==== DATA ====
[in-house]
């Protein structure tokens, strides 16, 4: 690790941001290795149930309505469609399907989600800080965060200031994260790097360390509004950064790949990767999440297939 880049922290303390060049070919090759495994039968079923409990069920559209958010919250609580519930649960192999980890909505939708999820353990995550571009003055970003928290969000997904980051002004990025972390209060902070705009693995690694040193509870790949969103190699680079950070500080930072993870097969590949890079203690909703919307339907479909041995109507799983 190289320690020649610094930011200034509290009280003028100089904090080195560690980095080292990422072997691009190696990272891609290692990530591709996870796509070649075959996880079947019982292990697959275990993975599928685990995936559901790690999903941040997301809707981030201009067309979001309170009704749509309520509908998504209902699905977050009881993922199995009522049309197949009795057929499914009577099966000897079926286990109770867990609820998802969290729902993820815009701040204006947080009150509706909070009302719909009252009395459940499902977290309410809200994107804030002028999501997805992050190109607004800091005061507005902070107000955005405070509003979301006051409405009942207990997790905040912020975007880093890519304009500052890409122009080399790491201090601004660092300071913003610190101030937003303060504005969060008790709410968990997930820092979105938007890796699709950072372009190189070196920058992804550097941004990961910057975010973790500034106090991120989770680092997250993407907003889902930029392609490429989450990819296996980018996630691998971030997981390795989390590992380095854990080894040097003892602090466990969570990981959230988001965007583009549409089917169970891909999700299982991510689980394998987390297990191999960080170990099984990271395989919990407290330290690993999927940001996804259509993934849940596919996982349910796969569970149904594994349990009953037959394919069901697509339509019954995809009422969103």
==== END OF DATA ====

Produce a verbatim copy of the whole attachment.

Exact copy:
[in-house]
């Protein structure tokens, strides 16, 4: 690790941001290795149930309505469609399907989600800080965060200031994260790097360390509004950064790949990767999440297939 880049922290303390060049070919090759495994039968079923409990069920559209958010919250609580519930649960192999980890909505939708999820353990995550571009003055970003928290969000997904980051002004990025972390209060902070705009693995690694040193509870790949969103190699680079950070500080930072993870097969590949890079203690909703919307339907479909041995109507799983 190289320690020649610094930011200034509290009280003028100089904090080195560690980095080292990422072997691009190696990272891609290692990530591709996870796509070649075959996880079947019982292990697959275990993975599928685990995936559901790690999903941040997301809707981030201009067309979001309170009704749509309520509908998504209902699905977050009881993922199995009522049309197949009795057929499914009577099966000897079926286990109770867990609820998802969290729902993820815009701040204006947080009150509706909070009302719909009252009395459940499902977290309410809200994107804030002028999501997805992050190109607004800091005061507005902070107000955005405070509003979301006051409405009942207990997790905040912020975007880093890519304009500052890409122009080399790491201090601004660092300071913003610190101030937003303060504005969060008790709410968990997930820092979105938007890796699709950072372009190189070196920058992804550097941004990961910057975010973790500034106090991120989770680092997250993407907003889902930029392609490429989450990819296996980018996630691998971030997981390795989390590992380095854990080894040097003892602090466990969570990981959230988001965007583009549409089917169970891909999700299982991510689980394998987390297990191999960080170990099984990271395989919990407290330290690993999927940001996804259509993934849940596919996982349910796969569970149904594994349990009953037959394919069901697509339509019954995809009422969103």